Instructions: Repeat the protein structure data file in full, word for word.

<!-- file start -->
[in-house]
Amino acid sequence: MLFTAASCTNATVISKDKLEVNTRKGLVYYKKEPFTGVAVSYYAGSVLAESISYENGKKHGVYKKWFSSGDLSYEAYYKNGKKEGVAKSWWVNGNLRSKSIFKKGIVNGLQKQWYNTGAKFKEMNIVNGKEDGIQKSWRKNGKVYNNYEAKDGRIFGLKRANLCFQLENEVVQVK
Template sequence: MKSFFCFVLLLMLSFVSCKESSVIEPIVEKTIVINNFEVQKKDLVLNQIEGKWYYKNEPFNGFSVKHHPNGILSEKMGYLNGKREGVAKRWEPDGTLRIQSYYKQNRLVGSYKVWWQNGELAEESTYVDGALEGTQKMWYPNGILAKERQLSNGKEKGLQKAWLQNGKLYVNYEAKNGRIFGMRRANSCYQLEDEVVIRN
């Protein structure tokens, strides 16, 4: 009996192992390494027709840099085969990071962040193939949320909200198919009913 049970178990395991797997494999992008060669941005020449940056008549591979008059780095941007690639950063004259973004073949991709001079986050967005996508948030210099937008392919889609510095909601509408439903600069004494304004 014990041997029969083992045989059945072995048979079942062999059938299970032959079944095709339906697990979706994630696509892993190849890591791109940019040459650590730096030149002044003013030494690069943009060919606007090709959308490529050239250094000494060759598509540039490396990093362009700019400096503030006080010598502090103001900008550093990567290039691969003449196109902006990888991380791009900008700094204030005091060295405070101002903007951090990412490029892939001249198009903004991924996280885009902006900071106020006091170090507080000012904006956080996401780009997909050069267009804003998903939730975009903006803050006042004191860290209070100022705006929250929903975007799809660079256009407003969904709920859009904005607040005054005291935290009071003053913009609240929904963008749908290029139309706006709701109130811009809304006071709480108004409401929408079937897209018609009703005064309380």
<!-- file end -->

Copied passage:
[in-house]
Amino acid sequence: MLFTAASCTNATVISKDKLEVNTRKGLVYYKKEPFTGVAVSYYAGSVLAESISYENGKKHGVYKKWFSSGDLSYEAYYKNGKKEGVAKSWWVNGNLRSKSIFKKGIVNGLQKQWYNTGAKFKEMNIVNGKEDGIQKSWRKNGKVYNNYEAKDGRIFGLKRANLCFQLENEVVQVK
Template sequence: MKSFFCFVLLLMLSFVSCKESSVIEPIVEKTIVINNFEVQKKDLVLNQIEGKWYYKNEPFNGFSVKHHPNGILSEKMGYLNGKREGVAKRWEPDGTLRIQSYYKQNRLVGSYKVWWQNGELAEESTYVDGALEGTQKMWYPNGILAKERQLSNGKEKGLQKAWLQNGKLYVNYEAKNGRIFGMRRANSCYQLEDEVVIRN
């Protein structure tokens, strides 16, 4: 009996192992390494027709840099085969990071962040193939949320909200198919009913 049970178990395991797997494999992008060669941005020449940056008549591979008059780095941007690639950063004259973004073949991709001079986050967005996508948030210099937008392919889609510095909601509408439903600069004494304004 014990041997029969083992045989059945072995048979079942062999059938299970032959079944095709339906697990979706994630696509892993190849890591791109940019040459650590730096030149002044003013030494690069943009060919606007090709959308490529050239250094000494060759598509540039490396990093362009700019400096503030006080010598502090103001900008550093990567290039691969003449196109902006990888991380791009900008700094204030005091060295405070101002903007951090990412490029892939001249198009903004991924996280885009902006900071106020006091170090507080000012904006956080996401780009997909050069267009804003998903939730975009903006803050006042004191860290209070100022705006929250929903975007799809660079256009407003969904709920859009904005607040005054005291935290009071003053913009609240929904963008749908290029139309706006709701109130811009809304006071709480108004409401929408079937897209018609009703005064309380």